A majority of the alumni we interviewed were involved in campus clubs and student organizations during their time at Penn. One alumna wrote passionately about her experience with Penn Dance Company, a student-run modern dance group (“It was really important to me to have a creative and artistic complement to the science I was getting curricularly”) and another described her sustained involvement with the West Philadelphia Tutoring Project, a Civic House program, of which she ended up joining the executive board. A Wharton alumnus with a BS in economics told us, “I was very involved in the finance clubs on campus, especially the Pennsylvania Investment Alliance. This club invested about $30,000 of club member money in stocks that we discussed in weekly meetings. It was an amazing experience to debate the merits of investing in certain companies alongside other students who had a passion for it.”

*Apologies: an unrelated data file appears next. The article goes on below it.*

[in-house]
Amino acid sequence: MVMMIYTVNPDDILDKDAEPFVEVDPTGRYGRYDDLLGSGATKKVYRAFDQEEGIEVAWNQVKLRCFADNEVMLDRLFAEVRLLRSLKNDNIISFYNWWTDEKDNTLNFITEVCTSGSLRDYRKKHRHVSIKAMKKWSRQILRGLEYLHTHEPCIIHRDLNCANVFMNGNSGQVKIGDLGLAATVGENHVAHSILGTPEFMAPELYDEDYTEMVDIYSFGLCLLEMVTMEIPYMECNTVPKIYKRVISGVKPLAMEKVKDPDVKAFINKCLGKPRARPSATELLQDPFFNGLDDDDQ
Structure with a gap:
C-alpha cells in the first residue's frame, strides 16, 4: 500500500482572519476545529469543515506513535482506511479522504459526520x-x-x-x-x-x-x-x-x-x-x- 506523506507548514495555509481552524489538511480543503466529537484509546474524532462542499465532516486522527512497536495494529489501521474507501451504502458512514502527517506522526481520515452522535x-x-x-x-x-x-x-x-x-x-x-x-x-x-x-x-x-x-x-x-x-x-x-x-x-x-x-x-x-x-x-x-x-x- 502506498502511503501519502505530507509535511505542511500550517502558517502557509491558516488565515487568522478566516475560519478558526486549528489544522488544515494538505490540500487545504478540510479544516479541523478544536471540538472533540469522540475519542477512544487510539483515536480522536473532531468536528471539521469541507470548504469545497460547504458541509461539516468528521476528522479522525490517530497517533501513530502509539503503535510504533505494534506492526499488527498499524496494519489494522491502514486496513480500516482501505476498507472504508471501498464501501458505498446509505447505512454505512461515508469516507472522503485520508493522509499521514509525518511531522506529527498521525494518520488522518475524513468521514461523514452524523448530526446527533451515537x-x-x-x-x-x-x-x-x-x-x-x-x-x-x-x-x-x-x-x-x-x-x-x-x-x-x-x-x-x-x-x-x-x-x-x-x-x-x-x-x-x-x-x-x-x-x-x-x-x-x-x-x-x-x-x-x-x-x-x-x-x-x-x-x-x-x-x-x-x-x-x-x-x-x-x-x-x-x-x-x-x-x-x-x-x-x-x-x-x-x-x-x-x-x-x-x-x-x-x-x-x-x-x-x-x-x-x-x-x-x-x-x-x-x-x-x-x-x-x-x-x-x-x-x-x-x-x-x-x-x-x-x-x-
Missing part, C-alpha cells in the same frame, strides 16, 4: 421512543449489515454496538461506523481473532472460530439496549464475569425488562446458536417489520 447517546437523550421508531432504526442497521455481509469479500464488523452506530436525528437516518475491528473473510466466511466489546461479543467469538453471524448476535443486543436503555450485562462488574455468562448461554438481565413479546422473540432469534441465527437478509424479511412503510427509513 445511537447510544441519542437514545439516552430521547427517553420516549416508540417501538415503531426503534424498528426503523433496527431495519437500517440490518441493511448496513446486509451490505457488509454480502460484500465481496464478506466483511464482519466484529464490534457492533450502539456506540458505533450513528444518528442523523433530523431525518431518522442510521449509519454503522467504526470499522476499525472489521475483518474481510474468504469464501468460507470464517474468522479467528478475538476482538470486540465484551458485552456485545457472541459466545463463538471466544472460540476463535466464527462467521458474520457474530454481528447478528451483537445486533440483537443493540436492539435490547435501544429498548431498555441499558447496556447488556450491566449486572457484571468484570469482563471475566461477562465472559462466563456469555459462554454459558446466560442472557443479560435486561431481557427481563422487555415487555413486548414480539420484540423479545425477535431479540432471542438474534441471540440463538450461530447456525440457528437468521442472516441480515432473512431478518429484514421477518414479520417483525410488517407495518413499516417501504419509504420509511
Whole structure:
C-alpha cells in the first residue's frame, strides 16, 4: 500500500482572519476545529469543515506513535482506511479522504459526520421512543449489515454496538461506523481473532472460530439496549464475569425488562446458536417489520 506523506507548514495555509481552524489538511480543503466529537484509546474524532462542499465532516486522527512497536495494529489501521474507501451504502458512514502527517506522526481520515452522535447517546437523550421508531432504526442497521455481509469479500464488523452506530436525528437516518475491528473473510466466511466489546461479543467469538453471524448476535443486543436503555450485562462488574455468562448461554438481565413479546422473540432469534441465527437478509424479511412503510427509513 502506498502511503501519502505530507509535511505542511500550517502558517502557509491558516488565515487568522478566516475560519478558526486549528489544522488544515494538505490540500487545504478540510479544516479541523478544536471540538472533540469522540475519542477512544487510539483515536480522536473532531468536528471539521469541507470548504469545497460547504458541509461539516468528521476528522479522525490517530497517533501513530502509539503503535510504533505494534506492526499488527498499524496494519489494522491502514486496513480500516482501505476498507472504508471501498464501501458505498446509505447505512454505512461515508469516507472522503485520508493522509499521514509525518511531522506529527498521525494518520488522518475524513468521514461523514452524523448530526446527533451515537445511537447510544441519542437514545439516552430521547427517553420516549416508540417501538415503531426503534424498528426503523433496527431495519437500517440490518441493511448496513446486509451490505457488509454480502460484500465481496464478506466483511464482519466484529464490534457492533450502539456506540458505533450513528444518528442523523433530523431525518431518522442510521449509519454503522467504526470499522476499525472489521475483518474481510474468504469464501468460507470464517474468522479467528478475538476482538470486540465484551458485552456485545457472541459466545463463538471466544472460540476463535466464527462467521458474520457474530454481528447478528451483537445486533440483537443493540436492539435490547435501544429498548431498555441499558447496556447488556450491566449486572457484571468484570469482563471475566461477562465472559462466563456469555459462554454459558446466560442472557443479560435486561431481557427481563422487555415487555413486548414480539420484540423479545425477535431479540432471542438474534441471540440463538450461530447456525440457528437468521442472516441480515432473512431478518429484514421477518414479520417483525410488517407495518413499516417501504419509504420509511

Penn alumni advised: Don’t discount the value of club experiences toward your life in the professional world. A dancer detailed beautifully how her involvement with Penn Dance translated to soft skills: “I had the opportunity to serve as co-chair of the company, which meant that I coordinated all the details of scheduling rehearsals and theatre space, running company meetings, managing show budgets, and generally spearheading the company. It was probably the experience that prepared me more than any other for managing projects in the ‘real world.’”